Sheila Arnold doesn’t just tell stories; she lives them. As a professional historical character interpreter, Ms. Sheila takes on the role of historical characters and tells stories through their eyes. She has also written poems, stories, fiction, and plays, starting when she was in the seventh grade. With a life seeped in storytelling, Sheila enthralls her audience of students of all ages with her character portrayals, motivational speeches, workshops, and storytelling. You can also bet on her watching football and basketball when she has a chance to, and working with youth and reading legal mysteries are also up there on her list of interests. A woman with a wide range of talents, interests, and abilities, Sheila’s storytelling is certainly one to experience.
We had the privilege of asking Sheila a few questions, and we have her answers for you in our interview below. We’re excited for you to get to know Ms. Sheila better before the Timpanogos Storytelling Festival begins, so without any more preamble, we present to you an inside look at Sheila Arnold.
Q&A with Sheila Arnold
1. Our theme this year is “Pathway to Story.” How would you describe your pathway to becoming a storyteller. Was it a road, a back alley, a fast track, or a meandering trail?
My pathway to story has been a rambling road with dead ends and no outlets, and then an autobahn. I have been telling stories since I was a kid, and was on the Forensics team and in Drama in high school and my first year of college. Then all my performance stuff stopped! I came back to storytelling when my son was in his second daycare and I was working a job that allowed me to come and tell stories at his day care facility. From there my name was given to others, I presented in each of my son’s classes, and finally arrived at Colonial Williamsburg Foundation (VA) where I became a paid storyteller in their evening programs. That is where the autobahn came. I was strongly encouraged to do more and more storytelling and in 2003 I left my full-time job to be full-time, self-employed professional storyteller. There was a bit of a storm on the road where I had to pull over in late 2003 and early 2004, but after the storm passed, it’s been wide open road. I love my job, and at each rest stop along the way, I get to meet more people, learn new things and am given new challenges for the road ahead.
2. Could you tell us about someone who has influenced you on this journey as a storyteller?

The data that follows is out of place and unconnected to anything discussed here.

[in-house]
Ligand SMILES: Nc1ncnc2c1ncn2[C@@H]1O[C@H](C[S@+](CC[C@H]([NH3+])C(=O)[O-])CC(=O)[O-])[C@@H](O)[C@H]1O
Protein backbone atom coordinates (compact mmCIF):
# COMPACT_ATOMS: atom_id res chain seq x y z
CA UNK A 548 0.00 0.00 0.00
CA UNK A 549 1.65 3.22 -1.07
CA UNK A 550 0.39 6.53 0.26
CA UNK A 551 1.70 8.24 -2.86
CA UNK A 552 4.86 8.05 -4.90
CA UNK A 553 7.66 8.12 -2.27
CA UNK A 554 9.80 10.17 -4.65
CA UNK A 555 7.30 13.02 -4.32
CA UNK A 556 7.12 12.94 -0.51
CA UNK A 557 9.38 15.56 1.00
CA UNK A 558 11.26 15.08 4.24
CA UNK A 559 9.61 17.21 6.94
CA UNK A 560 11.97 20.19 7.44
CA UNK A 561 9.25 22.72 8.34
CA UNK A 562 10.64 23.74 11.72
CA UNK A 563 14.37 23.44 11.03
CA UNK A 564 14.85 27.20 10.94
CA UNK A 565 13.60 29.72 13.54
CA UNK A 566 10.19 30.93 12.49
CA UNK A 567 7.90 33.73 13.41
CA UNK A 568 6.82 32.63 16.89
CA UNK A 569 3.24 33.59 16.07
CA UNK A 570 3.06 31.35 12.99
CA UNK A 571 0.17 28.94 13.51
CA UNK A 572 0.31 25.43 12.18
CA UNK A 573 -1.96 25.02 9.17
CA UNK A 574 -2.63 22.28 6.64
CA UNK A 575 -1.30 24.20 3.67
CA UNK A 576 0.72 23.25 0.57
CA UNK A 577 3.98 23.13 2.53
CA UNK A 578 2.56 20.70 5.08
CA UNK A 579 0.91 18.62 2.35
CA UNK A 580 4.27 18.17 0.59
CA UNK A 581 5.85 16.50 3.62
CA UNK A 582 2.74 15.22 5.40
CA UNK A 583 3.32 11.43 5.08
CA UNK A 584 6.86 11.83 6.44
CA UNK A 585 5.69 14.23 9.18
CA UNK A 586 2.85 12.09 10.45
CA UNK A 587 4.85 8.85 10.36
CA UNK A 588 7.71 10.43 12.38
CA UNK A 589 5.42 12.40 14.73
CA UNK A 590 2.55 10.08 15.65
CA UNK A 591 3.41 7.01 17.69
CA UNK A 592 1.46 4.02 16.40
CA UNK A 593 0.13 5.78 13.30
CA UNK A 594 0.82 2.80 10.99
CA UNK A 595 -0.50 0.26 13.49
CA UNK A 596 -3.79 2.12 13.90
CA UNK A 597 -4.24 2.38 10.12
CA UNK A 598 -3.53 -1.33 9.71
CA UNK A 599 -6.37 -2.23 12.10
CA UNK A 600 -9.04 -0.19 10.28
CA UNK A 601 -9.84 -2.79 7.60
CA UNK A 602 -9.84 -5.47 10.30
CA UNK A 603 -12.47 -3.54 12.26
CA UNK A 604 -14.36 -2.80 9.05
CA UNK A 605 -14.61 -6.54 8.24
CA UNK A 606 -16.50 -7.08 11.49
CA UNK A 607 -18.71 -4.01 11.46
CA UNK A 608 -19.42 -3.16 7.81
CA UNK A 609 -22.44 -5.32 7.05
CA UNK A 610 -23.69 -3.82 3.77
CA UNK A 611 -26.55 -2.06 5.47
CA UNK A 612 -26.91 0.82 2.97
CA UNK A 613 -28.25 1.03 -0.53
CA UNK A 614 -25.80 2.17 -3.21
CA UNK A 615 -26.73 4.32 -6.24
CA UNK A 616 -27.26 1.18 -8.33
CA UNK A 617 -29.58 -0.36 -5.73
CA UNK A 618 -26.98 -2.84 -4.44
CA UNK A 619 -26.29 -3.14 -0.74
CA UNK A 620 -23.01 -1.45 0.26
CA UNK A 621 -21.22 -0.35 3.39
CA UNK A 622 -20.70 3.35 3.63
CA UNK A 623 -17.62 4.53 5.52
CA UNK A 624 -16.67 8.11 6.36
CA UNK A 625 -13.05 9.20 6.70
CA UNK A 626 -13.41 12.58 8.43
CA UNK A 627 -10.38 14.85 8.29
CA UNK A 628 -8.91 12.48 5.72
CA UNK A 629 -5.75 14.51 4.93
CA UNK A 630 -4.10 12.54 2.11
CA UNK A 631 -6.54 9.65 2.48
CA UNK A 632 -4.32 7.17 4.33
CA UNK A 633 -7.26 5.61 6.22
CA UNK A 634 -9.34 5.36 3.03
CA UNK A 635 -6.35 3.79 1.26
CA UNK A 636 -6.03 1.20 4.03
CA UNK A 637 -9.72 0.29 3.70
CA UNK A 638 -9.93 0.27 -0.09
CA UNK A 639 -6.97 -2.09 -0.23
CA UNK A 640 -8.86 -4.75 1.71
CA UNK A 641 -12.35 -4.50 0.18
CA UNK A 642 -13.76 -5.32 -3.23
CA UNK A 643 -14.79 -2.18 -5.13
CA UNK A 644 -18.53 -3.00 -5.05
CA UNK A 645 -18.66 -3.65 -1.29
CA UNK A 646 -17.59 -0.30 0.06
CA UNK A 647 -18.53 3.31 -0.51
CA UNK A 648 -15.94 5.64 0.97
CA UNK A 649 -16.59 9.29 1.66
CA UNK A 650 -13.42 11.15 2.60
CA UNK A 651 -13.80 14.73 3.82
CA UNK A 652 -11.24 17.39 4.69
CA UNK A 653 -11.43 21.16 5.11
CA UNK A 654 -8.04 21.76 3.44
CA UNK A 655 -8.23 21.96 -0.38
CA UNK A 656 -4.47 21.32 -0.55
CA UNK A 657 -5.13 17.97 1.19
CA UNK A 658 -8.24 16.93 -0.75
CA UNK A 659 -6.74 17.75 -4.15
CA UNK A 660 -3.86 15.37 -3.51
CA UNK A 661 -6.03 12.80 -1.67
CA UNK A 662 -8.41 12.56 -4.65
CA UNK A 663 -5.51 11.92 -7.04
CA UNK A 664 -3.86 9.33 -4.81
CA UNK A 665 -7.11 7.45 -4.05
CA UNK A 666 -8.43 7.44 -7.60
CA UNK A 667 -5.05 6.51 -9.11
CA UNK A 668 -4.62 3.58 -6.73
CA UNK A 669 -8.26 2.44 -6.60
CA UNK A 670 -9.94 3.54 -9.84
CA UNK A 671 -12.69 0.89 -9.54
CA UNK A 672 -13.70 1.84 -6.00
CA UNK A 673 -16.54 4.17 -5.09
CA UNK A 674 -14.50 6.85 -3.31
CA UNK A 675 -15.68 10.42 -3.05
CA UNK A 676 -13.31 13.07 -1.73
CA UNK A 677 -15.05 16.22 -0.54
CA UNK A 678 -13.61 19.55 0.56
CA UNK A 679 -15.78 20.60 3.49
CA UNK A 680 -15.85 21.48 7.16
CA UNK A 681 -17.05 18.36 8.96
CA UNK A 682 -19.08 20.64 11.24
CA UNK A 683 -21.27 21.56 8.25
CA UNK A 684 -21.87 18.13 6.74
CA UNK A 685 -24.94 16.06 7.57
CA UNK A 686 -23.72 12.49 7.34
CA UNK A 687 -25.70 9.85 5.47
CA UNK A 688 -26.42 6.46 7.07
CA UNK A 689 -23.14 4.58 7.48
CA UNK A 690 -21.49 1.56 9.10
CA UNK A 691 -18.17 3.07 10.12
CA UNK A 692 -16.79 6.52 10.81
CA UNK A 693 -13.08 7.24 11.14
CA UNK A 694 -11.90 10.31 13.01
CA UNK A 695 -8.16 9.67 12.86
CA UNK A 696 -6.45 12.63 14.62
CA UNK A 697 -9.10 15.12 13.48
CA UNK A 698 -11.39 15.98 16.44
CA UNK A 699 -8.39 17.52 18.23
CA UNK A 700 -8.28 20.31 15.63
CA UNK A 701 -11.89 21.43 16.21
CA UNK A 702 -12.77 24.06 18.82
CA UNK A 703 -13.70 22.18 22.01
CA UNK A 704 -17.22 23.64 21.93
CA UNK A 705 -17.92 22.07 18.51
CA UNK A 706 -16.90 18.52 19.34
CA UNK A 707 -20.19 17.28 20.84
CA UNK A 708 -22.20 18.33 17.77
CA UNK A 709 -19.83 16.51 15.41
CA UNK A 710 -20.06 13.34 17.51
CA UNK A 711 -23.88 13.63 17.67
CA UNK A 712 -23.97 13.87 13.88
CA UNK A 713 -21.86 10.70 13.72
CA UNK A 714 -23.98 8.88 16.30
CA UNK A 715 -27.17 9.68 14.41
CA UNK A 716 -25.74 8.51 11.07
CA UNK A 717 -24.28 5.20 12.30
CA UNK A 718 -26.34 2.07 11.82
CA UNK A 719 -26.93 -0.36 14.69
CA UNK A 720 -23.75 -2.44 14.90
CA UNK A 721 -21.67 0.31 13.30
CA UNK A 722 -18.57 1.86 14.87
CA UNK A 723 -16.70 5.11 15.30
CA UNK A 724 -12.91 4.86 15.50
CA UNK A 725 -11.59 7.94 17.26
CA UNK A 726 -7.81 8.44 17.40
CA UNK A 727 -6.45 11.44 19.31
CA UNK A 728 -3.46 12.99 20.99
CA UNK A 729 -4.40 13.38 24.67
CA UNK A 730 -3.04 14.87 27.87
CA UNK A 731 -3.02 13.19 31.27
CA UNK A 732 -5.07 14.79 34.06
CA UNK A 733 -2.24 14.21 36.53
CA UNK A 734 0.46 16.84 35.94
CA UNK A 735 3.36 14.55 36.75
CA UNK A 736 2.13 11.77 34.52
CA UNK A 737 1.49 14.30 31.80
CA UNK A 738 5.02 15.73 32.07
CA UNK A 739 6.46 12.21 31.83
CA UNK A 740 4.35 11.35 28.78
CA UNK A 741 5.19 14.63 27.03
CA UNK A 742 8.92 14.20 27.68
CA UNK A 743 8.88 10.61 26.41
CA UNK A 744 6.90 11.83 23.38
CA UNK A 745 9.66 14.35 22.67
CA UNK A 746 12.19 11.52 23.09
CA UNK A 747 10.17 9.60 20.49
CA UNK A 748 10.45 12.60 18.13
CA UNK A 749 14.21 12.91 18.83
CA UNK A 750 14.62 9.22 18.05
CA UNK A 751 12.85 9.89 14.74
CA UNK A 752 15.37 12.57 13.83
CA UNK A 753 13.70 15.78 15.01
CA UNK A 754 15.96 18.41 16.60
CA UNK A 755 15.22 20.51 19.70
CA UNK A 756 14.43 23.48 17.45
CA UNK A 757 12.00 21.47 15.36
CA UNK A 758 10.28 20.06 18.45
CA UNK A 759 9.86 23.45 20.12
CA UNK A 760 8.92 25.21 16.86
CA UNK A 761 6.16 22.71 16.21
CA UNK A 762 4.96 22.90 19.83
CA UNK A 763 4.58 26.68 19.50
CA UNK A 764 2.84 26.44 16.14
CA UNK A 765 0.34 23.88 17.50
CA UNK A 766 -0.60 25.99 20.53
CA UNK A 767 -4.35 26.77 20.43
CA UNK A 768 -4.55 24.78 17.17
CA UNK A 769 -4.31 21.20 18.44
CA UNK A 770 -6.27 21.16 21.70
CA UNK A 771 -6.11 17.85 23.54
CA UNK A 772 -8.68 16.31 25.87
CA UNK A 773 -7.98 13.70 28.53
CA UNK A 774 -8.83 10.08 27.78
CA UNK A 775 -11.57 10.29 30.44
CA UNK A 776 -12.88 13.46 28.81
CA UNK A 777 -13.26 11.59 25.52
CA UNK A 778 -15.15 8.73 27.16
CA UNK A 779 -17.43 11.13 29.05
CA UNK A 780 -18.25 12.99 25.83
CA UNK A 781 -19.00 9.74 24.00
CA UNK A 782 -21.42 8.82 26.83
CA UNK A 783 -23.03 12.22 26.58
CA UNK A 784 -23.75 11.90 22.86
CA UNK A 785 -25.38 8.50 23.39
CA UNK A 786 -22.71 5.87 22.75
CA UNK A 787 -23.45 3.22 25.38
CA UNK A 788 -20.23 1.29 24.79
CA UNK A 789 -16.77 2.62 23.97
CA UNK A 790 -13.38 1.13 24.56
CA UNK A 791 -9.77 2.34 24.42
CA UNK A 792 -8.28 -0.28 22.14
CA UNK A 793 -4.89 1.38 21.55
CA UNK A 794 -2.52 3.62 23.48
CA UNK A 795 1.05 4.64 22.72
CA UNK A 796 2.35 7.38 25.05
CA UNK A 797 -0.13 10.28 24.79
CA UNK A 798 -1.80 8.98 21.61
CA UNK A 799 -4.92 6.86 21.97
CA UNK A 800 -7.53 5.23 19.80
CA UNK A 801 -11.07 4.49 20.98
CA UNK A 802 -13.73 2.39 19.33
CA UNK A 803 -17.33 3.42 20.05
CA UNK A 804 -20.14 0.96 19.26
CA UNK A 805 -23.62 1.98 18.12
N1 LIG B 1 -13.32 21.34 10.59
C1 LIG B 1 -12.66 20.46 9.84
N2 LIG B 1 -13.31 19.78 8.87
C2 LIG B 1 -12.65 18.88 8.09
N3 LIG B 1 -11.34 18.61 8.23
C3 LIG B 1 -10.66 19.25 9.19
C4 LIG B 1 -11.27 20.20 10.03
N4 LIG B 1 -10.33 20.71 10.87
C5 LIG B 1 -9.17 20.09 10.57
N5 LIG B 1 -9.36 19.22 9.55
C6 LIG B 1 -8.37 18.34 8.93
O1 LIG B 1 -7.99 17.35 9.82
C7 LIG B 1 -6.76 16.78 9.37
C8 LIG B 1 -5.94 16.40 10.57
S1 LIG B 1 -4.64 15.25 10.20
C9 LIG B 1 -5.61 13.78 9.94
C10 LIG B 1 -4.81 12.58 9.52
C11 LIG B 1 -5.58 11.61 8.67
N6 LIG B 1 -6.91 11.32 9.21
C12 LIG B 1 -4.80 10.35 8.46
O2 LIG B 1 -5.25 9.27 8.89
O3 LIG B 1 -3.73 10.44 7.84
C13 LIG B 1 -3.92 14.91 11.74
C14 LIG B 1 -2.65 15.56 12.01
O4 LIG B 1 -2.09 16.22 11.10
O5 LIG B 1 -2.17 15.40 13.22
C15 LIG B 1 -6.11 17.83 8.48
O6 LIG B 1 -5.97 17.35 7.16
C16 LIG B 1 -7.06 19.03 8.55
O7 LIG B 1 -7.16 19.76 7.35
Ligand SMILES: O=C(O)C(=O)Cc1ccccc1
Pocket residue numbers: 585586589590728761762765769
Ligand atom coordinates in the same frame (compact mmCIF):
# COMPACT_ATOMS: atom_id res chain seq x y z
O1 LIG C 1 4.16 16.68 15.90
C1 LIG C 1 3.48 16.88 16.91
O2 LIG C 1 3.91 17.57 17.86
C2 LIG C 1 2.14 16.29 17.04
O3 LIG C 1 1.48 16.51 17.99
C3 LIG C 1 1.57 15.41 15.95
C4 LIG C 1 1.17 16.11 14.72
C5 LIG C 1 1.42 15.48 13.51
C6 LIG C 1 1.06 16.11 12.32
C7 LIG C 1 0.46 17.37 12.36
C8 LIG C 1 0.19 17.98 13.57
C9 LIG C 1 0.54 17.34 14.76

My son is my greatest fan, and I started everything because of him. When I left my full-time job, he was a senior in high school. I talked to him first and told him that his senior year might be seriously financially impacted, and my son looked at me and said, “Mom, this is the job you were always meant to do. We’ll be okay.” And with that love, and my parents’ love and initial financial assistance, I am doing the job I was always meant to do and the everything is okay.
In the storytelling community there are so many stories of folks who have helped, but it would be my friend, Mary Lovell from Kentucky, whose words of belief that I was a storyteller worth hearing, worth seeing on a national stage, worth having a CD made, she would be that push that led me to go further than I ever would have thought.
When I first started storytelling, I wanted to “grow up to be like” Charlotte Blake Alston, and she told me it was okay to be myself. Diane Ferlatte took me under her wing to help me know there was more to storytelling than being at festivals. In regards to my personal stories, which was not how I began storytelling: Donald Davis began the process of looking at personal stories; Milbre Burch encouraged me to express my stories better; Susan Klein helped me explore the depth of my stories, and Susan O’Halloran helped me to believe my stories needed to be told.
3. What are you passionate about outside of storytelling?
Faith and Justice are a focus of much of my storytelling, but also what I am passionate about outside of storytelling. My faith, as a Christian, is to grow in my relationship with God and to share the hope of Christ with others through words and mostly through action. I am also passionate about justice and speaking up and out about places where we as people, as a community, and as a country can and should be better. I love teaching parents and teachers. I am adamant about history and getting history to people, and learning from history. I am passionate about my grandson, Brooklyn, six years old and has stolen my heart away. And I LOVE to read. I am not a fast reader but I usually have 2-3 books going on at a time.
4. Where does storytelling go from here? How do you see it’s influence on society?
Storytelling is absolutely essential. I have seen the power of a story change the life goals of a person, awakening in them a hope or a dream that they never had. I have seen my stories allow people to grieve, to want to live, to decide they will be a part of the change in our society. I believe stories teach and inspire us, and we need so much more. I think historical storytelling needs to be happening more and more, allowing us to really hear the stories of the past.
I do think that sometimes our stories are too focused on the personal, which really only have one cultural basis and are good for a limited time, before you have to explain too much of the story because times change. However, folk tales (and fairy tales) are cross-cultural and cross-time frame (“Once upon a time”), and should be encouraged, as well as used and modified for us today. The more stories we tell, the more time we spend talking with one another. We need more of that.
Bonus: What fictional place would you most like to visit?